The body does not have any “overflow” system as in household plumbing for example so when water/gas pressure builds up inside, systems allow the overflow to exit or it will burst a pipe or blow a gasket. So, as the capillaries close off, the blood is now channelled into a smaller area and the response reaction is an absolute mechanical increased blood pressure. This is engineering an autonomic response, same blood volume, less space, increasing the workings of the heart all leading to increased dystolic and systolic pressure. We have absolute evidence on this where we have recordings of blood pressure scales post ice swims.

Professor Tipton wrote a lot about it. Autonominic conflict of submerging in icy waters.

With changes in blood pressure, it is also important to factor in that before and during the swim, the heart rate increase with aerobic activity, and event-led adrenaline production connected to the fight of flight response. Many swimmers will report a heart flutter prior to or during their swim as an indication of feeling the pain or the cold or the need to escape both
.

Daily News of Open Water Swimming: Are there any exceptions?

Nuala Moore: Yes, swimmers like Henri Kaarma, Alexander Brylin and all those who live, train and swim at these extreme temperatures regularly so their cardiovascular responses are not the same as ours. Who I refer to are regular swimmers who do not have possible exposure to exertion at 0°C to make “normal” our responses. Experience reduces anxiety and this is obviously a benefit. If we look at those who train regularly, they seem to be the most responsible in their medical knowledge. They are mainly those who understand that fun and calm are priorities.

But I am yet to be convinced that these guys have an advantage because they live there. We haven’t tested people from other places against them, but we see more and more superhumans coming out from countries that are not mostly Icy. I think they have a lot of experince.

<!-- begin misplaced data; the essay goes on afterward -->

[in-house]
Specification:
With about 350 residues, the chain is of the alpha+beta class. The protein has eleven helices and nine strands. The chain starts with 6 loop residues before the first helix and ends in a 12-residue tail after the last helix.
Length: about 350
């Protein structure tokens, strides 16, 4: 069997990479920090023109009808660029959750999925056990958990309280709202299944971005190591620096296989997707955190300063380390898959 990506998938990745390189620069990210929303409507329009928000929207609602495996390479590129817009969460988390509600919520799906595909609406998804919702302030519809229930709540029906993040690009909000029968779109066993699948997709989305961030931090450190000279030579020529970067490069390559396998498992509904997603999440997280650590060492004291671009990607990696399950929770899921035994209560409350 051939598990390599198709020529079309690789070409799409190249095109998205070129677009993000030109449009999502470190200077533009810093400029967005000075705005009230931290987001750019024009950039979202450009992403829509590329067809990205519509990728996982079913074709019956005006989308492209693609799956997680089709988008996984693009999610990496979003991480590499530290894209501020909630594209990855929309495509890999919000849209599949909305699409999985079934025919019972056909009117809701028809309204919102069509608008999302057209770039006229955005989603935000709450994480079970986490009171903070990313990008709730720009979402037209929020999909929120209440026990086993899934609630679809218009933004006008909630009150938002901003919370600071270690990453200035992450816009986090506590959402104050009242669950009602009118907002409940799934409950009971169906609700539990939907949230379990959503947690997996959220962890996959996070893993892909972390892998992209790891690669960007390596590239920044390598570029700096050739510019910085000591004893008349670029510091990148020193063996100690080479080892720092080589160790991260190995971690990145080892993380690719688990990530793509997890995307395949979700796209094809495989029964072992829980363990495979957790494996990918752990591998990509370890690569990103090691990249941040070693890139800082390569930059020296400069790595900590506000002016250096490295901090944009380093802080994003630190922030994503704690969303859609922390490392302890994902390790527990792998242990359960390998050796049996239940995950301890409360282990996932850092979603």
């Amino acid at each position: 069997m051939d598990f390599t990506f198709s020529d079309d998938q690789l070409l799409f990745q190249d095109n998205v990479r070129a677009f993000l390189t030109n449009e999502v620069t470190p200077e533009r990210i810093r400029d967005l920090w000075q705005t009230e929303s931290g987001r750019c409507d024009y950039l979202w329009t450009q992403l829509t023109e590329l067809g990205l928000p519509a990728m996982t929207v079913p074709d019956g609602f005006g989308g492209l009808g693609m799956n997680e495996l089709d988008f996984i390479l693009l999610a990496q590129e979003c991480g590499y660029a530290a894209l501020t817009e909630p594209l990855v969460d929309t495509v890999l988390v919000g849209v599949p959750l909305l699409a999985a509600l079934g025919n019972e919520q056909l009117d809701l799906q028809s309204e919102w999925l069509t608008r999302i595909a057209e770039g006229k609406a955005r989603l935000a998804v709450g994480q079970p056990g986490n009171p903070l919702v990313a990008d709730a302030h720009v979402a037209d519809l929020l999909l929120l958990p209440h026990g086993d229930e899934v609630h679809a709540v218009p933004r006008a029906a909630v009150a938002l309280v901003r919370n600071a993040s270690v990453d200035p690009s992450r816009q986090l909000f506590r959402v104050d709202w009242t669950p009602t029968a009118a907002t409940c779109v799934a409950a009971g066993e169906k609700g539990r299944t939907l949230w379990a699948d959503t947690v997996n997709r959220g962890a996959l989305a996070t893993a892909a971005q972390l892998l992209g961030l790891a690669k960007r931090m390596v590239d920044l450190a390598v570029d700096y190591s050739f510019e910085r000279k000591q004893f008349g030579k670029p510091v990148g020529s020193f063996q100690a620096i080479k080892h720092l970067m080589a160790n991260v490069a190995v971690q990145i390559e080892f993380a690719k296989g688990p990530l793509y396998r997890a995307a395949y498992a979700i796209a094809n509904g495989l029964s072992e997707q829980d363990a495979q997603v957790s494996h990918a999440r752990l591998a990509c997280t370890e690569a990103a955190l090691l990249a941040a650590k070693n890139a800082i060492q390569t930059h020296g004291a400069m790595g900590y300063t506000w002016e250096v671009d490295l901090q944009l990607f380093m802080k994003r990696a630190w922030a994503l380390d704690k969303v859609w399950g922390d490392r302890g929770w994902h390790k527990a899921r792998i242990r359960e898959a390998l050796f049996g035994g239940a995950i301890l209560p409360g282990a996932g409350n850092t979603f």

As blood pressure increases, the body’s vascular system responds to facilitating the increase volume. The walls of the arteries and the veins have to harden to make room for the extra volume of blood and the walls become thin.

I feel this is possibly where many of our risks could be in racing in Ice. If the swimmer who is not acclimatised pushes past the point in exertion, leg kicking, sprinting and has not had the cardiovascular system tested, there is a possible risk of embolism. There is risk that the walls of the arteries and veins become so tight and stretched with the increased blood flow that this can weaken and leak.


Daily News of Open Water Swimming: What else is there?

Nuala Moore: This can apply to any race. There are people dying in marathons and cycle marathions from similar effects. Of course, Ice swimming is more extreme.

But acclimatisation and responsibility can reduce this.

If an athlete has a chink in your armour and don’t know yourself as a swimmer, don’t know your responses, don’t recognise the symptoms of increased heart rate and blood pressure of stress, and don’t know when to slow, you pose a challenge to your own life. Similarly, by not knowing the challenges, by not know what 0°C is, you can increase your blood pressure. Learn and get to know who you are as a swimmer and by knowing how you will react, you can keep yourself and the sport safe.


Daily News of Open Water Swimming: What can be compared with extreme warm water temperatures?

Nuala Moore: I think that in the ice, the exterme cold can be safer than having similir stresses in a hot environment. Some people after ice and cold swims are in bad shape. But they all have recovered better than once in heat situations. The cold has some preservation mechanism. All is good unless you have a cardiac arrest. The real question is: Are people who die in these situations, die because of the swim, or were they an accident waiting to happen. I don’t know.

So I guess it is safe to say that Yes.. ECGs and medicals are crucial to all our safety in the sport and yes I would definitely say keep up-to-date on your personal medicals. I don’t think medicals are guarantee to anything, but they reduce the odds of issues significantly
.

Daily News of Open Water Swimming: Anything else?

Nuala Moore: I still belive that the mind has a huge role to play event in safety. But I still have a lot to learn.

Copyright © 2015 by World Open Water Swimming Association